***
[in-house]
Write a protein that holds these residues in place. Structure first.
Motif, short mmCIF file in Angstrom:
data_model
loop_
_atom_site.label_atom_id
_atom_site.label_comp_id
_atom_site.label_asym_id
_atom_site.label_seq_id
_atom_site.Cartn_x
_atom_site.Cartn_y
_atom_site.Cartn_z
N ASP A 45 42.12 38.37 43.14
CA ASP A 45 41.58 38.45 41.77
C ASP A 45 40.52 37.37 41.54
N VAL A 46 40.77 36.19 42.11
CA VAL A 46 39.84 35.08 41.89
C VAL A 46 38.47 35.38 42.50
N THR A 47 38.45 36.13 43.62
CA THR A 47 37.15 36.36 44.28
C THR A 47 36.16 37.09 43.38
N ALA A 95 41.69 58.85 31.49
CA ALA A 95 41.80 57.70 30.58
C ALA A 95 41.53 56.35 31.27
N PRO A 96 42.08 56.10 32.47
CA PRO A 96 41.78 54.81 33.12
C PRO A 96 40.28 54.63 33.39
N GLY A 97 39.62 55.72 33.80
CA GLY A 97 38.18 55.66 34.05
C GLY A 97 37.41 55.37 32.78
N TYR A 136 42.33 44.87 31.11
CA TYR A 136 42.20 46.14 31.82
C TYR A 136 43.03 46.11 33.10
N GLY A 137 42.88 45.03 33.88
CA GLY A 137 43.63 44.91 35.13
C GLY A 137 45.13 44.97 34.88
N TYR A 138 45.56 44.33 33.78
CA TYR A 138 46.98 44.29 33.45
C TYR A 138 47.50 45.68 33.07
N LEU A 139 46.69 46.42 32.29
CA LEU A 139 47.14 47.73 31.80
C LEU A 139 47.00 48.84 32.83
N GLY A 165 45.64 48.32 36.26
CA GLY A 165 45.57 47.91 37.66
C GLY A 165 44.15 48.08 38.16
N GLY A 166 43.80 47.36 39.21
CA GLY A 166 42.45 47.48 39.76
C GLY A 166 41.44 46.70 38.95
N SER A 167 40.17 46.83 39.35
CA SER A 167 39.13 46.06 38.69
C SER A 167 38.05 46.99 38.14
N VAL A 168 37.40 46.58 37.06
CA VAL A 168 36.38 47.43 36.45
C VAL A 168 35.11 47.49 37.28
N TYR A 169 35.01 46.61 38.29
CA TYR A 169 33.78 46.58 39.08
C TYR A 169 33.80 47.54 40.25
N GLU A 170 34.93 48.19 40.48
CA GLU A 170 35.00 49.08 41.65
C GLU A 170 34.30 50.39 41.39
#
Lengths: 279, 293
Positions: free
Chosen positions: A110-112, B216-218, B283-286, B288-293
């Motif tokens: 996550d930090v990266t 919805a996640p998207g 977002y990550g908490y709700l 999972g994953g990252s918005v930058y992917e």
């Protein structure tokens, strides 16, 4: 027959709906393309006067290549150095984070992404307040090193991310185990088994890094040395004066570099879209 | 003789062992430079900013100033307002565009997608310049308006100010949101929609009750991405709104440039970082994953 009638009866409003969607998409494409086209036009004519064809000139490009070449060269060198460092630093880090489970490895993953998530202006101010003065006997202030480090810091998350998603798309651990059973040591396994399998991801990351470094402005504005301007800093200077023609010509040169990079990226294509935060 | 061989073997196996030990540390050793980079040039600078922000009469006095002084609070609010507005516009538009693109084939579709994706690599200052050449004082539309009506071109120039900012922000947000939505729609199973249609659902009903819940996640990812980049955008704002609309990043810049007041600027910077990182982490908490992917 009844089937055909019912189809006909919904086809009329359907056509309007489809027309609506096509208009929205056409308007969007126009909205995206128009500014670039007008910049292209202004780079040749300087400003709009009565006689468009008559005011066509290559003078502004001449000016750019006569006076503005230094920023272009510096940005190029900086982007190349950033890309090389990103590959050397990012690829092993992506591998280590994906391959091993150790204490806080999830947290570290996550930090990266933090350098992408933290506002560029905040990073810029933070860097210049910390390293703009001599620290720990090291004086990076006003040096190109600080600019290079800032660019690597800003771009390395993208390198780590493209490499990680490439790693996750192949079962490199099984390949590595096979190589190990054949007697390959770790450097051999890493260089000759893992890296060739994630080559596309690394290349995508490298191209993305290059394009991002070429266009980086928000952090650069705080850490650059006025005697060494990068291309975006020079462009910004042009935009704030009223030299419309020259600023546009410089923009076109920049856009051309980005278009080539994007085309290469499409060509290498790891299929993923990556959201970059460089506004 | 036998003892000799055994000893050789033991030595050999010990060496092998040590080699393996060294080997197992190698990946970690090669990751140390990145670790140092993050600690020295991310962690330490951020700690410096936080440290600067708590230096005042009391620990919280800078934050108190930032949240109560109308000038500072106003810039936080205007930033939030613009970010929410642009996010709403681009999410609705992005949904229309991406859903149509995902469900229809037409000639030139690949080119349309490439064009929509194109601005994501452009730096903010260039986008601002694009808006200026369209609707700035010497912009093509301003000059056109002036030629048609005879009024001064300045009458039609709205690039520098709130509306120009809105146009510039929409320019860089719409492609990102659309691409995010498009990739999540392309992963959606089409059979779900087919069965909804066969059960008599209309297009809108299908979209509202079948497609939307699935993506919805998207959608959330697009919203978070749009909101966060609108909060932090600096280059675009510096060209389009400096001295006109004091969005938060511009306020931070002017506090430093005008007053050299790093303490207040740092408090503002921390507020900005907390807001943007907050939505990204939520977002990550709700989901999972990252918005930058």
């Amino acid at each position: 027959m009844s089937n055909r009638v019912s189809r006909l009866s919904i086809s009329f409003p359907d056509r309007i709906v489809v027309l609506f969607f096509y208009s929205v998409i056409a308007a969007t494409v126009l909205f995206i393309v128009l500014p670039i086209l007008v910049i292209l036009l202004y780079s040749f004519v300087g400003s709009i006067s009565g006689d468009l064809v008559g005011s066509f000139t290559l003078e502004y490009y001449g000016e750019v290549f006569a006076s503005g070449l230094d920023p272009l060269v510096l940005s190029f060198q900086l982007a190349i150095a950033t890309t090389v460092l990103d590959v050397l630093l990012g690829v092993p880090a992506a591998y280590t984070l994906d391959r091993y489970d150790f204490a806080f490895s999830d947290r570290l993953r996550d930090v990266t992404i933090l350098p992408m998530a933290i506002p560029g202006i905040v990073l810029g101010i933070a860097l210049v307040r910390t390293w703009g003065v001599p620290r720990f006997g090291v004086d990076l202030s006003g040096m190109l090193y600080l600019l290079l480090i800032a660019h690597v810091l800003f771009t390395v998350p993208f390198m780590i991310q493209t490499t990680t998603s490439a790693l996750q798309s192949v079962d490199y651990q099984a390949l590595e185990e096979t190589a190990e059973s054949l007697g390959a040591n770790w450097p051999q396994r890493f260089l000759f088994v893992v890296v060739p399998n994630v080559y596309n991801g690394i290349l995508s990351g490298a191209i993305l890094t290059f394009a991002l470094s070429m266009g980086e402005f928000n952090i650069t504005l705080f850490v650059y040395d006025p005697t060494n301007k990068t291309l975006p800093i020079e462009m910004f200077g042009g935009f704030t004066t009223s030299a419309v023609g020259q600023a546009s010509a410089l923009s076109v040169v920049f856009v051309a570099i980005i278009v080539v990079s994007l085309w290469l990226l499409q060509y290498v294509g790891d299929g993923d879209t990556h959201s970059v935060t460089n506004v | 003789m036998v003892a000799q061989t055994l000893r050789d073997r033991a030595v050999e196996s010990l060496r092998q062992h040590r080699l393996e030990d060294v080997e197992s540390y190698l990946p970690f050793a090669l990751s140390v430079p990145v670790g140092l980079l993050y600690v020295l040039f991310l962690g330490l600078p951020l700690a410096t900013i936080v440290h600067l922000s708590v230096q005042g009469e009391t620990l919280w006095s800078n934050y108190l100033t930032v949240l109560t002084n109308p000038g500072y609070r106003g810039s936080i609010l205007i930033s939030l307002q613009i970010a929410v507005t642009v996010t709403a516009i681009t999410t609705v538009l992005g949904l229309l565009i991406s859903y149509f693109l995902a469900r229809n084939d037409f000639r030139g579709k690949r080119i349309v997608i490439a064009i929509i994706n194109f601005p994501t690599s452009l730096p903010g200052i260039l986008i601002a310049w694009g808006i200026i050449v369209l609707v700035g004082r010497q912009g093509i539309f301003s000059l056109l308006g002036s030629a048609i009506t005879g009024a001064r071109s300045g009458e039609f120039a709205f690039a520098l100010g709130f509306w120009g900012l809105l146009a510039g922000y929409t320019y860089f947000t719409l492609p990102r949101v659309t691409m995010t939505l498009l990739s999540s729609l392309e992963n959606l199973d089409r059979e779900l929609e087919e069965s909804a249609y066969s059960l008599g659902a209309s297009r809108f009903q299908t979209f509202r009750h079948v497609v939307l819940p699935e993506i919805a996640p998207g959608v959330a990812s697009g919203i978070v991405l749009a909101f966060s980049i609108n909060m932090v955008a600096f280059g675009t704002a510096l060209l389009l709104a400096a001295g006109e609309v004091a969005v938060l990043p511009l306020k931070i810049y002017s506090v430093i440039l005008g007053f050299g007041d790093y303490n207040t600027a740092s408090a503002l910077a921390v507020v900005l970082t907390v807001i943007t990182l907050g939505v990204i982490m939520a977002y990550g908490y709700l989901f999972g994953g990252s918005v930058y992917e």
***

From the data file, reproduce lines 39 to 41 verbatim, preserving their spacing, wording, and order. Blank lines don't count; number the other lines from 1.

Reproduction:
C TYR A 138 47.50 45.68 33.07
N LEU A 139 46.69 46.42 32.29
CA LEU A 139 47.14 47.73 31.80